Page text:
Antinociceptive effect of palm date spathe hydroalcoholic extract on acute and chronic pain in mice as compared with analgesic effect of morphine and diclofenac
Fatemeh Peyghambari1, Mohammad Hossein Dashti-Rahmatabadi2, Mansooreh Dehghanfirozabadi1, Razieh Dehghanfirozabadi3, Fatemeh Dehghanfirozabadi4, Mohammadesmaeil Pangalizadeh5, Narges Dehghanimohammadabadi1
1 Department of Anatomy, Faculty of Medical Sciences, Yazd Branch, Islamic Azad University, Yazd, Iran
2 Department of Physiology, Herbal Medicine Research Center/Neurobiomedical Research Center, Yazd, Iran
3 Department of Surgery, Arak University of Medical Sciences and Health Services, Arak, Iran
4 Department of Physiology, Shahid Sadoughi University of Medical Sciences and Health Services, Yazd, Iran
5 Department of Psychiatry, Kerman University of Medical Sciences and Health Services, Kerman, Iran
|Date of Submission||19-Apr-2015|
|Date of Acceptance||24-Jun-2015|
|Date of Web Publication||23-Nov-2015|
Mohammad Hossein Dashti-Rahmatabadi
Department of Physiology, Herbal Medicine Research Center, Neurobiomedical Research Center, Shahid Sadoughi University of Medical Sciences, Yazd
Source of Support: None, Conflict of Interest: None
Backgrounds: In Persian traditional medicine, palm date spathe (PDS) is introduced as an analgesic. Therefore, this study was designed to investigate the analgesic effect of hydroalcoholic extract of PDS on acute and chronic pain in mice in comparison with diclofenac and morphine.
Materials and Methods: In this study, which was conducted in summer 2014, 220 male mice (20–30 g) were randomly divided into two categories, each consists of 11 groups as follows: A normal control group, a solvent (Tween 80) control group, 3 morphine positive control groups (2, 4 and 8 mg/kg), 3 diclofenac positive control groups (10, 20 and 30 mg/kg), and 3 main experimental PDS groups (2, 20, and 200 mg/kg). Hot plate was applied on animals in one category and writing test on the other category to assess acute and chronic pain, respectively.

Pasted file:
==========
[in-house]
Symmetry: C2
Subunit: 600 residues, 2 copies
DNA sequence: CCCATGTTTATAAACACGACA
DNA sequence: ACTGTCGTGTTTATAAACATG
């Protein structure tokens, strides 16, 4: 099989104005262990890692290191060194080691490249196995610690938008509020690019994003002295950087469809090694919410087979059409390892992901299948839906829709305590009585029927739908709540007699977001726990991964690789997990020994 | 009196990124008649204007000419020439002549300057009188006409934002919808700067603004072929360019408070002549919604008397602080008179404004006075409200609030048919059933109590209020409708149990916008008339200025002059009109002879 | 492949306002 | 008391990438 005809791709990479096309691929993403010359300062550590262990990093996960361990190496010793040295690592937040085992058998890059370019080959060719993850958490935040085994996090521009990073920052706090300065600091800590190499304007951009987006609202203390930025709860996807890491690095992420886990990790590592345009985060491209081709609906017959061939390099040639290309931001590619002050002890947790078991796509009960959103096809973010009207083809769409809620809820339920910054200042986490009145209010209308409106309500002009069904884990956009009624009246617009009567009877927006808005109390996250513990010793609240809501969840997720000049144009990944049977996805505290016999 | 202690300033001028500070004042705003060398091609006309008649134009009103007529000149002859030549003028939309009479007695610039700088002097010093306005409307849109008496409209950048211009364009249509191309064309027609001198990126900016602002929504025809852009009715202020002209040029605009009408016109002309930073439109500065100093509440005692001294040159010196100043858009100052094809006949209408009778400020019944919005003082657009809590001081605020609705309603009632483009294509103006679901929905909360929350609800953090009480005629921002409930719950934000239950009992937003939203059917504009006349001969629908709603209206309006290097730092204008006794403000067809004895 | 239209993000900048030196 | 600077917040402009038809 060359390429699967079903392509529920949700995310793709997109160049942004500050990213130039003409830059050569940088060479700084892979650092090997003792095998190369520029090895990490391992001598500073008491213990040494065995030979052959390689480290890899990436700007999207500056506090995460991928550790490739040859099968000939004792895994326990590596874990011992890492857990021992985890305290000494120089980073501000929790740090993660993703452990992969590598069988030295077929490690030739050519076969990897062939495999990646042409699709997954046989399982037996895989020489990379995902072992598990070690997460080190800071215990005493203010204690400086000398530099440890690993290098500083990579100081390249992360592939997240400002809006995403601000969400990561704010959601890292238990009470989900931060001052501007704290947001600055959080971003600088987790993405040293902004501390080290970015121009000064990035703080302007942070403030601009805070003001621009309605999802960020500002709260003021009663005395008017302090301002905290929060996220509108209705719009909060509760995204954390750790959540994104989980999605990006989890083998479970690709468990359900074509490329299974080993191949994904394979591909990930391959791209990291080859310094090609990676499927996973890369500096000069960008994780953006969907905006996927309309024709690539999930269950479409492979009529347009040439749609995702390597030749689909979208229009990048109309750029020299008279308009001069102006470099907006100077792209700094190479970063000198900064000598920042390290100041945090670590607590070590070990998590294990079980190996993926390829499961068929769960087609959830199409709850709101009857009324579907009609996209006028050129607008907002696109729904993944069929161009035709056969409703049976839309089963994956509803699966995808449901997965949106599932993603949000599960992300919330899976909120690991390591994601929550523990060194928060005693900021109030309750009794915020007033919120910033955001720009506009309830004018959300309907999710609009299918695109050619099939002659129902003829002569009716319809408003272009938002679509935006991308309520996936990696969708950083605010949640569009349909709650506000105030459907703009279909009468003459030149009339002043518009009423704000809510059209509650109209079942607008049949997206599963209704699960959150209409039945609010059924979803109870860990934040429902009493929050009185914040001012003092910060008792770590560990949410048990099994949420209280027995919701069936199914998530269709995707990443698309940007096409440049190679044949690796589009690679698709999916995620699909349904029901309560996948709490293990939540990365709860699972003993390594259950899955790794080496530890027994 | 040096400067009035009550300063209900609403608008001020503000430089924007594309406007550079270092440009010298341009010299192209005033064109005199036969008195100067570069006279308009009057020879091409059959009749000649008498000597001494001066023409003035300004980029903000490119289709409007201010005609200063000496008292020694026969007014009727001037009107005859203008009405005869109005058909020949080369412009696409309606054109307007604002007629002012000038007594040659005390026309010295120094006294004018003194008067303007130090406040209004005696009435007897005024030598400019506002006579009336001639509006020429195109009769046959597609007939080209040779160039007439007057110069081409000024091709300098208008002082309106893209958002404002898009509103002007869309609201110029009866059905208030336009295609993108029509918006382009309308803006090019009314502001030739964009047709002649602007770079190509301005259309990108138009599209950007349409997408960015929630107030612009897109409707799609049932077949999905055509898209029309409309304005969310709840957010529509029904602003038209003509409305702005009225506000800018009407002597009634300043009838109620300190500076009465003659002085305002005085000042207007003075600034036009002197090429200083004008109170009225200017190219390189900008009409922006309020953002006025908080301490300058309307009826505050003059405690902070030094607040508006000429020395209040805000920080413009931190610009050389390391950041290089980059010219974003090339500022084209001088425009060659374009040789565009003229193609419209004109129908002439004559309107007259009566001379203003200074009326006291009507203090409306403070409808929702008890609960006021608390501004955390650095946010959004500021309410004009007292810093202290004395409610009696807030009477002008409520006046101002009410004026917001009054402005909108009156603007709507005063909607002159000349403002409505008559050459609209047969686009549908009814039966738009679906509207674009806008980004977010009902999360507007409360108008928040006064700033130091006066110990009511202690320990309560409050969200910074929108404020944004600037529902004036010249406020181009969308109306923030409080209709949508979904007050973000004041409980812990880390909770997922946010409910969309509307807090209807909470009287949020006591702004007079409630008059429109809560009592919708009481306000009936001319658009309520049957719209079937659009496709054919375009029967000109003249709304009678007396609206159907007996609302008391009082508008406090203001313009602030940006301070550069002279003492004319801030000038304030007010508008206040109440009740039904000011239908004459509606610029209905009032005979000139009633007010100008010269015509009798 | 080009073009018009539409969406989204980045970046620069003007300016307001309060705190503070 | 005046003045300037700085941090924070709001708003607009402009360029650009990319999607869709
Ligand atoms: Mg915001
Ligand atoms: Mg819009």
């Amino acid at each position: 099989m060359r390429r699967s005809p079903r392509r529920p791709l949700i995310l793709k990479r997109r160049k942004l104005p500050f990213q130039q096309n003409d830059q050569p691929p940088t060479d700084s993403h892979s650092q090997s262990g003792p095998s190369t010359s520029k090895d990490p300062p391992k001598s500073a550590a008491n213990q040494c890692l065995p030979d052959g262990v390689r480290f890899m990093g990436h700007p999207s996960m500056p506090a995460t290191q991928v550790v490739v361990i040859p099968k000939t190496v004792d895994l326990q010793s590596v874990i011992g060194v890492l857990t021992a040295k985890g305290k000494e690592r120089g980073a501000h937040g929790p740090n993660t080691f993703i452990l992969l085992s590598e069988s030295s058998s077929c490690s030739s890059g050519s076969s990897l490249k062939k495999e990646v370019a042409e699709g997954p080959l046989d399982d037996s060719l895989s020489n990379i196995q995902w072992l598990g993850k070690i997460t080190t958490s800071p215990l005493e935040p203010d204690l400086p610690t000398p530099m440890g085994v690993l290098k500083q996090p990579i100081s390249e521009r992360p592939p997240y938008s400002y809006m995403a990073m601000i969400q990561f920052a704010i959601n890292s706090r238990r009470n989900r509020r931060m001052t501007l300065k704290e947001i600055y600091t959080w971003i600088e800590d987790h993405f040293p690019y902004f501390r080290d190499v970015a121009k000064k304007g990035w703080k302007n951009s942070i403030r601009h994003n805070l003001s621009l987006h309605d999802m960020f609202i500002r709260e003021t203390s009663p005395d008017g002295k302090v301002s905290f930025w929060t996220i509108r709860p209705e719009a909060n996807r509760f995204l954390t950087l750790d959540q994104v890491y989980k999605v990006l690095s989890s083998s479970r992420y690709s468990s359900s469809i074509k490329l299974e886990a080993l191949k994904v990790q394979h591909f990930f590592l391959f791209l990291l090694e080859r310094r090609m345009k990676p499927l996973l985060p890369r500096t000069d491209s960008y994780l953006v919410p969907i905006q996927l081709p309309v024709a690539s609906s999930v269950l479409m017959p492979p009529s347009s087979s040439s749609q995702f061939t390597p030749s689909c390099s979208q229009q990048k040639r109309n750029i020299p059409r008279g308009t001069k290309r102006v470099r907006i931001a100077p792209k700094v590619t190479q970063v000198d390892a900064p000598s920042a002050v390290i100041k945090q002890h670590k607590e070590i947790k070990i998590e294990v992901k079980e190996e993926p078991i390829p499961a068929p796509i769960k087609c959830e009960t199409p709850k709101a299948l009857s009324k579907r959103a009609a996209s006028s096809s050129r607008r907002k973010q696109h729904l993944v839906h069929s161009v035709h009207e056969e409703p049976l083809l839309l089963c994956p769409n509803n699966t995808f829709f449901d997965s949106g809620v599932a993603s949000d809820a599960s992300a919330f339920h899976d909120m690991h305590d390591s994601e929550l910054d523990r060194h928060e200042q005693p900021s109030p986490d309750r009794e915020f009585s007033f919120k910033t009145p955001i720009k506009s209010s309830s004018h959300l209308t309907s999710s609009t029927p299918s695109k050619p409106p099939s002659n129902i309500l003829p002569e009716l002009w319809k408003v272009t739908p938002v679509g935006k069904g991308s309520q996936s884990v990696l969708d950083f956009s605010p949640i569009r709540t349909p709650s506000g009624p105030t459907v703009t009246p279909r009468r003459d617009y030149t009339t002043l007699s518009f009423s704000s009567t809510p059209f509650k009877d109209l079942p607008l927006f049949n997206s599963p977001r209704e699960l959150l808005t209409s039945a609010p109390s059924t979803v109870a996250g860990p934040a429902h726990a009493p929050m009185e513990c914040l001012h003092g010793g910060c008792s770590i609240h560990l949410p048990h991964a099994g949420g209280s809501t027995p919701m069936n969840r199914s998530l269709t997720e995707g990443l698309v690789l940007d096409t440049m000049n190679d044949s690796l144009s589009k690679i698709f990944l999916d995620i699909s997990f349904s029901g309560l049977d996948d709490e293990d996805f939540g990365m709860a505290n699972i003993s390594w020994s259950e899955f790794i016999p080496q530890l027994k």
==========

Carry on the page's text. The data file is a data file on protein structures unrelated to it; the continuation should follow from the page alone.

Results: In the writing test, the average writing time and number of animals receiving a maximum dosage of morphine, diclofenac, and PDS were significantly less than the control group. In the hot plate test, only groups receiving different doses of morphine at different time points and those received 30 mg/kg diclofenac at 15 min after the intervention showed significant difference with the control group.
Conclusion: 200 mg/kg extract of PDS, revealed a significant analgesic effect on chronic pain, but it did not show any analgesic effect on acute pain.
Keywords: Mic, pain, palm date, phoenix dactylifera, spathe
|How to cite this article:|
Peyghambari F, Dashti-Rahmatabadi MH, Dehghanfirozabadi M, Dehghanfirozabadi R, Dehghanfirozabadi F, Pangalizadeh M, Dehghanimohammadabadi N. Antinociceptive effect of palm date spathe hydroalcoholic extract on acute and chronic pain in mice as compared with analgesic effect of morphine and diclofenac. Adv Biomed Res 2015;4:244
|How to cite this URL:|
Peyghambari F, Dashti-Rahmatabadi MH, Dehghanfirozabadi M, Dehghanfirozabadi R, Dehghanfirozabadi F, Pangalizadeh M, Dehghanimohammadabadi N. Antinociceptive effect of palm date spathe hydroalcoholic extract on acute and chronic pain in mice as compared with analgesic effect of morphine and diclofenac. Adv Biomed Res [serial online] 2015 [cited 2019 Mar 21];4:244. Available from: http://www.advbiores.net/text.asp?2015/4/1/244/170239
| Introduction|| |
Pain is a sign of diseases and acts as a warning mechanism to alarm a possible tissue injury.
Nowadays, opioids and nonsteroidal anti-inflammatory drugs (NSAIDs) are widely and increasingly used to relieve pain throughout the world.
The use of analgesic drugs for pain relief revealed their side effects. For example, opioids can cause nausea, respiratory failure, consternation, and constipation, and if applied for a long time, it will be addictive. NSAIDs also can lead to gastrointestinal disorders, renal damage, and so on., Due to the side effects of these drugs and the economical issues, it is important to conduct the research projects on finding new potential analgesic drugs with fewer side effects that can replace the present drugs.